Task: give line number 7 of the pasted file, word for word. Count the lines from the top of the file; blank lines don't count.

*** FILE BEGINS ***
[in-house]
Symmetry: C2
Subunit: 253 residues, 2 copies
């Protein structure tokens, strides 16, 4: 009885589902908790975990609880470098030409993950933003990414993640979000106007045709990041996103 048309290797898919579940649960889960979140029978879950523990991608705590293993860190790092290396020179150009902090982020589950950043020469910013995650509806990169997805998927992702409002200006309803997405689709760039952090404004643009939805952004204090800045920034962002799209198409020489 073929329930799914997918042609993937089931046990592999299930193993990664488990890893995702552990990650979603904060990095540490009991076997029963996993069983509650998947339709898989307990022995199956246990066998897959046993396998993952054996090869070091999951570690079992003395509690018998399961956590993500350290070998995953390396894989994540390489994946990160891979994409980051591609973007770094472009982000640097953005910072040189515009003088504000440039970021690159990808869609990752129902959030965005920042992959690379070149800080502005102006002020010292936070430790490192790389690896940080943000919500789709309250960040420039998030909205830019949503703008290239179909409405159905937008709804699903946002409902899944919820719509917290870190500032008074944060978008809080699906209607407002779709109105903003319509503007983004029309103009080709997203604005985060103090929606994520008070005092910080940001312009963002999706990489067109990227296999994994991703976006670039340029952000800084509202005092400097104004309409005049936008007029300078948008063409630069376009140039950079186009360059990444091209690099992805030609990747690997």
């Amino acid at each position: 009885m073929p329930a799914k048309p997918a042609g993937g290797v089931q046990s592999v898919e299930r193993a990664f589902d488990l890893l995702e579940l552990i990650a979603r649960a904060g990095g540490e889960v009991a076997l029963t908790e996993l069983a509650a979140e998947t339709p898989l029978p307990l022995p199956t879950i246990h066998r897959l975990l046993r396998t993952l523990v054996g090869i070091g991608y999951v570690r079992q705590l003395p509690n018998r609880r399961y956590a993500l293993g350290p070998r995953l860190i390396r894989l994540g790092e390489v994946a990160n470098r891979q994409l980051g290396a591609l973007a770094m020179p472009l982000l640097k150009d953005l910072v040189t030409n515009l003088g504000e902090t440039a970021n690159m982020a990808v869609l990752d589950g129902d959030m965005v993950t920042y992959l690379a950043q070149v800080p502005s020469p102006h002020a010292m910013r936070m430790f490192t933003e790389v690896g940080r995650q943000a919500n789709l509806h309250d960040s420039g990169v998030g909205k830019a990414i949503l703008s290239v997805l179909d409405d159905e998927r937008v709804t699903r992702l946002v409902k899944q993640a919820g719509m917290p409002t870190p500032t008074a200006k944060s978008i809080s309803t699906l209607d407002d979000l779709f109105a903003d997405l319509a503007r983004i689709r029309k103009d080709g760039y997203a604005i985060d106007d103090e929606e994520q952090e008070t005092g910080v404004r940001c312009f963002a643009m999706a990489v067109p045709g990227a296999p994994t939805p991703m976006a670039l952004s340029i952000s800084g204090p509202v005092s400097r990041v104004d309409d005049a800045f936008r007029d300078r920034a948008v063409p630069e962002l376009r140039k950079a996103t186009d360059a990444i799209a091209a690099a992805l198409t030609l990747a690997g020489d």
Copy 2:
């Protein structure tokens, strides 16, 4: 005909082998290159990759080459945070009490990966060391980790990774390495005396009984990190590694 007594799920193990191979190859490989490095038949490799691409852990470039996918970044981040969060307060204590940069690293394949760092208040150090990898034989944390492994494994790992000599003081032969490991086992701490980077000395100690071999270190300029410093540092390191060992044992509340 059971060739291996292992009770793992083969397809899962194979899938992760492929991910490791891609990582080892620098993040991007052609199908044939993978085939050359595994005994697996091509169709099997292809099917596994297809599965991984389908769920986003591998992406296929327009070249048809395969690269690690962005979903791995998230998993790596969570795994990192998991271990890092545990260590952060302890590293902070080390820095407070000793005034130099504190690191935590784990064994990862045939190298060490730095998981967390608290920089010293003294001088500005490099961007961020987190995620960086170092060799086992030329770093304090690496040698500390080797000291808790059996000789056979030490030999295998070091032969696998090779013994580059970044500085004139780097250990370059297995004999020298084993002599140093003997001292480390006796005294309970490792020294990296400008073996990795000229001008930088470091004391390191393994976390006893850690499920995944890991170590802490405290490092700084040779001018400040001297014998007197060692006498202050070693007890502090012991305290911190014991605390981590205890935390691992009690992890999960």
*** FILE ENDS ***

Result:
């Protein structure tokens, strides 16, 4: 005909082998290159990759080459945070009490990966060391980790990774390495005396009984990190590694 007594799920193990191979190859490989490095038949490799691409852990470039996918970044981040969060307060204590940069690293394949760092208040150090990898034989944390492994494994790992000599003081032969490991086992701490980077000395100690071999270190300029410093540092390191060992044992509340 059971060739291996292992009770793992083969397809899962194979899938992760492929991910490791891609990582080892620098993040991007052609199908044939993978085939050359595994005994697996091509169709099997292809099917596994297809599965991984389908769920986003591998992406296929327009070249048809395969690269690690962005979903791995998230998993790596969570795994990192998991271990890092545990260590952060302890590293902070080390820095407070000793005034130099504190690191935590784990064994990862045939190298060490730095998981967390608290920089010293003294001088500005490099961007961020987190995620960086170092060799086992030329770093304090690496040698500390080797000291808790059996000789056979030490030999295998070091032969696998090779013994580059970044500085004139780097250990370059297995004999020298084993002599140093003997001292480390006796005294309970490792020294990296400008073996990795000229001008930088470091004391390191393994976390006893850690499920995944890991170590802490405290490092700084040779001018400040001297014998007197060692006498202050070693007890502090012991305290911190014991605390981590205890935390691992009690992890999960």